Budget 2017: what HR needs to know
- Increase in national insurance rates for self-employed; new emphasis on vocational education
- Main rate of NICs for self-employed will rise to 11 per cent by 2019
- New technical T-levels, backed by work placements, to boost skills
- £5m to encourage 'returnship' initiatives among employers
Most self-employed individuals will pay increased national insurance contributions (NICs), it was announced in last week’s budget, as chancellor Philip Hammond aims to reduce the ‘tax advantages’ of opting out of full employment.
Class 4 NIC rates for the self-employed will rise from the current 9% to 10% in April 2018 and 11% in April 2019.
The change will affect all self-employed individuals earning more than £8,060. At the same time, class 2 NICs paid by those who earn more than £5,965 are being abolished; the net effect is that all those earning more than £16,250 from self-employment will pay more tax.
Around half of the self-employed currently earn £13,000 or less, according to figures from the Resolution Foundation. The government said the shift would “better reflect the small differences that remain” between the self-employed and employees following the introduction of the new state pension in April 2016.
The widely anticipated move also reflected the Treasury’s growing concern over the revenue being lost by the growth in self-employment, much of which has been attributed to gig economy workers, or companies encouraging staff to become self-employed.
Ian Brinkley, acting Chief Economist at the CIPD, said it highlighted the challenges associated with a population that was working in “increasingly diverse ways”. He said:
“With more people likely to become self-employed or involved in other forms of atypical employment in the future, the tax issues highlighted by the Chancellor will only become more problematic.”
The plans came in for immediate criticism in some quarters. Jon Greer, Old Mutual Wealth’s pensions expert, said they would “undoubtedly prove controversial and attract criticism” from those who believed they breach governmental pledges not to boost personal taxes.
“The number of self-employed people in the UK has risen steadily over the last two decades. But it is estimated that an NICs cross-subsidy of around £5bn exists between the self-employed and employed.
“Despite this double-whammy tax change, it should not be forgotten that while the self-employed currently enjoy a reduced rate of national insurance, they also miss out on sick pay, holiday entitlement and other perks enjoyed by those in employment.”
Further reform is likely in this area, with the government suggesting it will consult on changes to parental benefits for the self-employed this summer, as well as reviewing pension reforms. The self-employed are currently excluded from auto-enrolment unless they opt to make their own arrangements.
The chancellor also pledged £5m to increase the number of ‘returnships’ in the public and private sectors to help people return to employment following a career break.
And he confirmed the introduction of a new regime of so-called T-levels, the flagship measure in an overhaul of post-16 education he said would put technical skills on a par with academic qualifications, and make sure students were ‘genuinely work-ready’.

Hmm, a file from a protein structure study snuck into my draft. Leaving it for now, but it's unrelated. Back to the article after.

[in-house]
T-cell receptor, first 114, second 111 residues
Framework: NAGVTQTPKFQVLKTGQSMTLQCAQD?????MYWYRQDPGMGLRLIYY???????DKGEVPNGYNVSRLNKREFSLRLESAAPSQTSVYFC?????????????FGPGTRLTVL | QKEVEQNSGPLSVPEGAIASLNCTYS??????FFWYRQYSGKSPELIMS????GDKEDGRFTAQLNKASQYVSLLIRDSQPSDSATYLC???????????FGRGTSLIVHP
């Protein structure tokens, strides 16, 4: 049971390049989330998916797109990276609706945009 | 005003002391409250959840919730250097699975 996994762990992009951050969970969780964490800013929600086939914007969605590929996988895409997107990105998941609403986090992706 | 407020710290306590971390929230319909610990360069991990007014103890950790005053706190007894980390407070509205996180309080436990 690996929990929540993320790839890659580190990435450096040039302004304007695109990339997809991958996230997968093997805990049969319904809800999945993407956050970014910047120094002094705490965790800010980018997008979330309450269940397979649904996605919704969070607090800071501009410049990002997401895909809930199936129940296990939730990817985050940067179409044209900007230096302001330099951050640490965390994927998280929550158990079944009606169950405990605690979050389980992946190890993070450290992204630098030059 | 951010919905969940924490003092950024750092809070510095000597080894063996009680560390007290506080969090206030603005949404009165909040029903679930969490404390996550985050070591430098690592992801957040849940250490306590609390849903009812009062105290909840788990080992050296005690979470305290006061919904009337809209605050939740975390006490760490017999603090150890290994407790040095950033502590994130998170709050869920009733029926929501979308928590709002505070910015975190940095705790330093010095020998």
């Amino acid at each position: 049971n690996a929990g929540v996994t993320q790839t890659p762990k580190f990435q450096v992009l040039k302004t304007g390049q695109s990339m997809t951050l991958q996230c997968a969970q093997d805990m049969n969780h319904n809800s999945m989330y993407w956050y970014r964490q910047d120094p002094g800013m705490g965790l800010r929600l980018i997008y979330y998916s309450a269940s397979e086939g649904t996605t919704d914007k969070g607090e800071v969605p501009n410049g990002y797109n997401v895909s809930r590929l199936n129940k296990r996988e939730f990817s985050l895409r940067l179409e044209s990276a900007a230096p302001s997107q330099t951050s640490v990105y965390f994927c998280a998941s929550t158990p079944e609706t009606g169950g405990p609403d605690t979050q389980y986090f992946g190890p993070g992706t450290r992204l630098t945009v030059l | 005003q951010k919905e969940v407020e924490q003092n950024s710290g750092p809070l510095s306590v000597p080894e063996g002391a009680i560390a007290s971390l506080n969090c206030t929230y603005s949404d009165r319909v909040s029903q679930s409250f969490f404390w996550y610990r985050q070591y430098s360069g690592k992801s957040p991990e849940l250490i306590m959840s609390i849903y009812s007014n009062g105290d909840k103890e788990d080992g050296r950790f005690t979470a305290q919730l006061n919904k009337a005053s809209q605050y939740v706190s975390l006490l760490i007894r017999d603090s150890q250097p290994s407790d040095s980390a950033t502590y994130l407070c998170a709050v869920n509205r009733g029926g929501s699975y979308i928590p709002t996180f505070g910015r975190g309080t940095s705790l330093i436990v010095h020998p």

Under the reforms, vocational courses will last up to 50% longer, the equivalent of an extra 900 hours of teaching a year. The 13,000 current qualifications will be replaced by 15 standalone vocational courses, or T-levels, all of which will be backed by work placements.
Lizzie Crowley, Skills Adviser at the CIPD, said:
“It’s great to see recognition that tackling the UK's skills challenges is a top priority. With a significant slowdown in workers coming from the EU, upskilling the existing workforce and the next generation is more vital than ever.
“Technical education has been a longstanding weakness in the UK skills system. Additional investment to help equip the next generation of workers with technical skills is therefore very welcome as we head towards post-Brexit Britain.”
Hammond also pledged £3m towards funding support for Britain’s ‘brightest and best research talent’ through 1,000 PHDs and fellowships in science, technology, engineering and mathematics, and confirmed a £40m commitment to promoting lifelong learning.
Crowley said the CIPD was looking forward to hearing more about how “the government is going to improve lifelong learning, to ensure employees are able to perform to their full potential at work, keep their skills up to date and feel challenged and motivated in their role”.
Hammond said the government would be actively monitoring national insurance employment allowance, following reports that some companies had been using schemes to avoid paying the correct national insurance contributions. It will also publish a call for evidence to better understand the use of employee expenses in the income tax regime.
Originally announced in last year's Autumn Statement, this will include expenses that are not reimbursed by the employer.
Mark Groom, Tax Partner at Deloitte, said:
“The announcement hints that HMRC may be concerned by expenses that are not reimbursed by employers. It’s early days, but if there is a concern with expense claims, with the advent of tax digitalisation, this could be tackled by requiring employees to upload evidence through their personal tax account to substantiate claims for tax relief.”
The budget confirmed that the national living wage would rise from £7.20 to £7.50 from April 2017, and that the income tax personal allowance would increase to £11,500, with the higher-rate threshold rising to £45,000. Hammond reiterated the government’s commitment to raising the personal allowance to £12,500 and the higher rate to £50,000 by the end of this parliament.
This article first appeared at PeopleManagement.com and is reproduced with kind permission.